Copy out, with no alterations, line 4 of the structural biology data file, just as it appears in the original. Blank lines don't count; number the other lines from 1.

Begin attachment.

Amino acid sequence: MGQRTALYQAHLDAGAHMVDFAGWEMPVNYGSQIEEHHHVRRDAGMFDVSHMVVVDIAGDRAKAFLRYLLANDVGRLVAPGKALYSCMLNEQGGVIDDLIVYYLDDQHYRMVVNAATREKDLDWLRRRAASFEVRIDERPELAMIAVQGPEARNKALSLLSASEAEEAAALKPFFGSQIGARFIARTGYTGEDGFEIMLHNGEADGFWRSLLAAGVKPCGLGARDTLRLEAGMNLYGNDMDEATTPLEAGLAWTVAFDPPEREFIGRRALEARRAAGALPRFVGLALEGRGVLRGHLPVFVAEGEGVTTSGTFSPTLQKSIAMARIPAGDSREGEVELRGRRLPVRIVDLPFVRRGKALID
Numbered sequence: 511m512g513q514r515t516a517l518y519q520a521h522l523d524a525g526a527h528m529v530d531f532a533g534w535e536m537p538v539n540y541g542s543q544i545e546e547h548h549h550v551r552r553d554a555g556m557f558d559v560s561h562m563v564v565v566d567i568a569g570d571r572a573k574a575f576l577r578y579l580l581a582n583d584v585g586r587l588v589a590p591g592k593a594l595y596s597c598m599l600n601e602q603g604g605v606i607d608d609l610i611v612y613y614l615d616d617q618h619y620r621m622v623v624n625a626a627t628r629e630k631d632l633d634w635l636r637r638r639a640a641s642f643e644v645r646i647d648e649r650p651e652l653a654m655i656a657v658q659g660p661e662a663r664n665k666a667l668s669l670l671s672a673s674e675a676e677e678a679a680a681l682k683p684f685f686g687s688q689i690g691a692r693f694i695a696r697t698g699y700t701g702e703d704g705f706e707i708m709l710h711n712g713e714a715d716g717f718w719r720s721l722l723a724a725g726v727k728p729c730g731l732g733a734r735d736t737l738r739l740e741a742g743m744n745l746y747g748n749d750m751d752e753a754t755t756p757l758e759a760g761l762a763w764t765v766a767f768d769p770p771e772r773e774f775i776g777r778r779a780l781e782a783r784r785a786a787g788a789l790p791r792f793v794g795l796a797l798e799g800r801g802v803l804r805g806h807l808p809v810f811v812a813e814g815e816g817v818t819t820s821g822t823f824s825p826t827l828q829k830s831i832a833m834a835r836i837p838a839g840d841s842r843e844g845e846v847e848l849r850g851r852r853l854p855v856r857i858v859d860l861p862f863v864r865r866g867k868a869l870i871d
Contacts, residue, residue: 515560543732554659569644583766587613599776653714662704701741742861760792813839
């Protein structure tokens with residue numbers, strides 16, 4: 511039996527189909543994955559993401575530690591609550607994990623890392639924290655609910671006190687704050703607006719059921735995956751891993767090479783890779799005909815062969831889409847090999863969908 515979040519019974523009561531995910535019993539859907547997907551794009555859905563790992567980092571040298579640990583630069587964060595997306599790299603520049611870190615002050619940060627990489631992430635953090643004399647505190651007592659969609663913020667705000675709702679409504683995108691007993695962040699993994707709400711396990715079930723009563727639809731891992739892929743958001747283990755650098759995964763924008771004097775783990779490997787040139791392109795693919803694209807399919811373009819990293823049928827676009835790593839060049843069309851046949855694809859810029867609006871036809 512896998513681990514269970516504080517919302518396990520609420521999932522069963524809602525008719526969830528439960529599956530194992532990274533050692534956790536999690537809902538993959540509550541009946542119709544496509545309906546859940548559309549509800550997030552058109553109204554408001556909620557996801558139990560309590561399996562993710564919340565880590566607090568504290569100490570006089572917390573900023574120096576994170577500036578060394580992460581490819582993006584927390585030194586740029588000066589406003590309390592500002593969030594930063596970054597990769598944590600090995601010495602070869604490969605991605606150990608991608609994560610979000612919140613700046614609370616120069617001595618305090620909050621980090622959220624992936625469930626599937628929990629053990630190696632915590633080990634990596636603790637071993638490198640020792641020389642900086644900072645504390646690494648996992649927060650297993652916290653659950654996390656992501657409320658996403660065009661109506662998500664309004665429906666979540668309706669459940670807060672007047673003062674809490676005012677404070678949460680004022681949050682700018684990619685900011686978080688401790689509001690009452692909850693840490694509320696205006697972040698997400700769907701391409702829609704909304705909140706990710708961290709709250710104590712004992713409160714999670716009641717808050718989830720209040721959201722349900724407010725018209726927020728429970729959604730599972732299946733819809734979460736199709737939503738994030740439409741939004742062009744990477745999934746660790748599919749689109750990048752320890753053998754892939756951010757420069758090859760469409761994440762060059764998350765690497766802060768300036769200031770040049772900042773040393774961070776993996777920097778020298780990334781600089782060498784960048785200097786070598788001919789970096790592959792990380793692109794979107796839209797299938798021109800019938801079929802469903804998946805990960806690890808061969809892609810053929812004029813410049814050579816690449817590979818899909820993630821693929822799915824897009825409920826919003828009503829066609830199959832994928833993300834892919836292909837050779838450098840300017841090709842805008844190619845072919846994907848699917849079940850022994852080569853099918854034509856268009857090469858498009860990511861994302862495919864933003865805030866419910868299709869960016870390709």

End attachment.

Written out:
């Protein structure tokens with residue numbers, strides 16, 4: 511039996527189909543994955559993401575530690591609550607994990623890392639924290655609910671006190687704050703607006719059921735995956751891993767090479783890779799005909815062969831889409847090999863969908 515979040519019974523009561531995910535019993539859907547997907551794009555859905563790992567980092571040298579640990583630069587964060595997306599790299603520049611870190615002050619940060627990489631992430635953090643004399647505190651007592659969609663913020667705000675709702679409504683995108691007993695962040699993994707709400711396990715079930723009563727639809731891992739892929743958001747283990755650098759995964763924008771004097775783990779490997787040139791392109795693919803694209807399919811373009819990293823049928827676009835790593839060049843069309851046949855694809859810029867609006871036809 512896998513681990514269970516504080517919302518396990520609420521999932522069963524809602525008719526969830528439960529599956530194992532990274533050692534956790536999690537809902538993959540509550541009946542119709544496509545309906546859940548559309549509800550997030552058109553109204554408001556909620557996801558139990560309590561399996562993710564919340565880590566607090568504290569100490570006089572917390573900023574120096576994170577500036578060394580992460581490819582993006584927390585030194586740029588000066589406003590309390592500002593969030594930063596970054597990769598944590600090995601010495602070869604490969605991605606150990608991608609994560610979000612919140613700046614609370616120069617001595618305090620909050621980090622959220624992936625469930626599937628929990629053990630190696632915590633080990634990596636603790637071993638490198640020792641020389642900086644900072645504390646690494648996992649927060650297993652916290653659950654996390656992501657409320658996403660065009661109506662998500664309004665429906666979540668309706669459940670807060672007047673003062674809490676005012677404070678949460680004022681949050682700018684990619685900011686978080688401790689509001690009452692909850693840490694509320696205006697972040698997400700769907701391409702829609704909304705909140706990710708961290709709250710104590712004992713409160714999670716009641717808050718989830720209040721959201722349900724407010725018209726927020728429970729959604730599972732299946733819809734979460736199709737939503738994030740439409741939004742062009744990477745999934746660790748599919749689109750990048752320890753053998754892939756951010757420069758090859760469409761994440762060059764998350765690497766802060768300036769200031770040049772900042773040393774961070776993996777920097778020298780990334781600089782060498784960048785200097786070598788001919789970096790592959792990380793692109794979107796839209797299938798021109800019938801079929802469903804998946805990960806690890808061969809892609810053929812004029813410049814050579816690449817590979818899909820993630821693929822799915824897009825409920826919003828009503829066609830199959832994928833993300834892919836292909837050779838450098840300017841090709842805008844190619845072919846994907848699917849079940850022994852080569853099918854034509856268009857090469858498009860990511861994302862495919864933003865805030866419910868299709869960016870390709």